International Society of Political Psychology Awards Georgetown Professor Lifetime Achievement Award
Department of Psychology professor Fathali Moghaddam was awarded the 2020 Harold Lasswell Award from the International Society of Political Psychology (ISPP) for his lifetime of distinguished contributions in the field of political psychology.
He was unanimously selected for the award from the most prestigious international scientific organization committed to researching political behavior.
“This prize from the International Society of Political Psychology (ISPP) is a great honor for me for many reasons, not the least of which being that the Lasswell prize from the ISPP is the highest honor in my area of expertise,” Moghaddam says.
The Harold Lasswell award is named for one of the first individuals to apply psychology to the study of political science. Because interdisciplinary learning was a novel concept at the time, Lasswell’s ideas were not taken seriously until much later.
Today, ISSP, which includes both political scientists and psychologists, parallels Moghaddam’s interdisciplinary research at Georgetown on the cognitive foundations of political behavior.
The Iranian psychologist has frequently worked across departments and programs throughout his time at the university.
While an affiliated professor of psychology in the Department of Government, he served as director of the department’s Conflict Resolution Program. He currently oversees the Interdisciplinary Program in Cognitive Science.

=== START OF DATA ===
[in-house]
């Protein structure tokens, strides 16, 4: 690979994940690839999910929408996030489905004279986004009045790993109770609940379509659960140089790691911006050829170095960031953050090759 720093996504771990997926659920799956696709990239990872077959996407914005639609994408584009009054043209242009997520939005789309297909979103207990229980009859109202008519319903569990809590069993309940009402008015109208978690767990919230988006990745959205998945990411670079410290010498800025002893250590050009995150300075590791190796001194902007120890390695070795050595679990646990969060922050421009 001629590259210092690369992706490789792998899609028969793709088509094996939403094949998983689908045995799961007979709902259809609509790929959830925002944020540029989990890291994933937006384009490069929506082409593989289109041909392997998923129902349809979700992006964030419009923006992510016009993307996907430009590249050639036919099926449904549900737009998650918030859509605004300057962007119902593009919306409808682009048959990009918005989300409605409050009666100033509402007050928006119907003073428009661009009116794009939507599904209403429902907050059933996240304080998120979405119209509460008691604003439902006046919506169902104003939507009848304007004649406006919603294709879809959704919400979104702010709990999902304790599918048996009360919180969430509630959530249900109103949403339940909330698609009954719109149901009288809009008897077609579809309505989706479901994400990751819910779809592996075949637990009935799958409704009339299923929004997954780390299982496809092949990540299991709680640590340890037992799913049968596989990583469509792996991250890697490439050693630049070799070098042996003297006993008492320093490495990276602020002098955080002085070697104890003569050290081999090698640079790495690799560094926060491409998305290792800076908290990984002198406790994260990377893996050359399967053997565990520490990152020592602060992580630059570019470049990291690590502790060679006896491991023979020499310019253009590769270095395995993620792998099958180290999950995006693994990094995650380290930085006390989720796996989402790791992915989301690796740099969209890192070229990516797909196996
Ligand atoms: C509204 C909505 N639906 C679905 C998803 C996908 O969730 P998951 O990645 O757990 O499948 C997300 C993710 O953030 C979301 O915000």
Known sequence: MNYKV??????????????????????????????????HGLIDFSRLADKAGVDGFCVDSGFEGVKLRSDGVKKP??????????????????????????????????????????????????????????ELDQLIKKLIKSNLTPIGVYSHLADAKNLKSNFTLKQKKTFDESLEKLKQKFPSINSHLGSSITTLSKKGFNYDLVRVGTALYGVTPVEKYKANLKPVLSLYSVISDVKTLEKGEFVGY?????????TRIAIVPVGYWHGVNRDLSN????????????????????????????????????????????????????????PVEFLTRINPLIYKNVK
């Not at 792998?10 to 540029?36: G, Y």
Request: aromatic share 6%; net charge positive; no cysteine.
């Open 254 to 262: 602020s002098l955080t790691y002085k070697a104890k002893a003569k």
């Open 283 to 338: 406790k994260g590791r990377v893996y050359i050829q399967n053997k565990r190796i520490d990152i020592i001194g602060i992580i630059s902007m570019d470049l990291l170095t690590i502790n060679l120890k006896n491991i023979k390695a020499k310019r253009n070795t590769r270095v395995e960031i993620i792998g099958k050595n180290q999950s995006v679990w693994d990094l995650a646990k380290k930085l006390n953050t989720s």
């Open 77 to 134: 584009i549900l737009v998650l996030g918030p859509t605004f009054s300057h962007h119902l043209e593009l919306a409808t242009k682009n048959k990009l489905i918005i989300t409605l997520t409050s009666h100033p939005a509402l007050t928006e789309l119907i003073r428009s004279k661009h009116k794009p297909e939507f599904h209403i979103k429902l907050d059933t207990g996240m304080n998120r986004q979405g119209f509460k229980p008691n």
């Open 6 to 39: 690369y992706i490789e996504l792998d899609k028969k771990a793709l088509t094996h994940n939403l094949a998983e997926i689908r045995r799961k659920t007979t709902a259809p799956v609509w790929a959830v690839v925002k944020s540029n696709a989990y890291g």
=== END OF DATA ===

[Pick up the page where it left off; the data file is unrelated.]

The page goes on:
The minor requires undergraduate students to engage with other areas of study such as linguistics, philosophy, law, psychology and neuroscience.
Democracies, Not Dictators
Moghaddam says it is more important now than ever to collaborate across fields to understand the science behind political behavior.
In his latest book, Threat to Democracy: The Appeal of Authoritarianism in an Age of Uncertainty, he describes the attack on open society and emphasizes the need for more research “to help counter this clear and present danger.”
“This research really matters,” Moghaddam explains. “I have suffered living in a dictatorship, and I want to do all I can to make sure democracies rather than dictatorships come out as winners by the end of the 21st century.”
Embracing perspectives across traditional academic disciplines is increasingly important in our global world. Georgetown College Dean Chris Celenza says “different approaches more often lead to a more enlightened understanding of our world.”
“Professor Moghaddam has made enormous contributions to areas like war, dictatorship and international security by applying psychology, and has ultimately helped us move closer to understanding what makes us function as a society,” Celenza adds. “I am delighted to see the International Society of Political Psychology recognize Ali Moghaddam for his brilliant work and honored to count him as part of our faculty.”
-by Shelby Roller (G’19)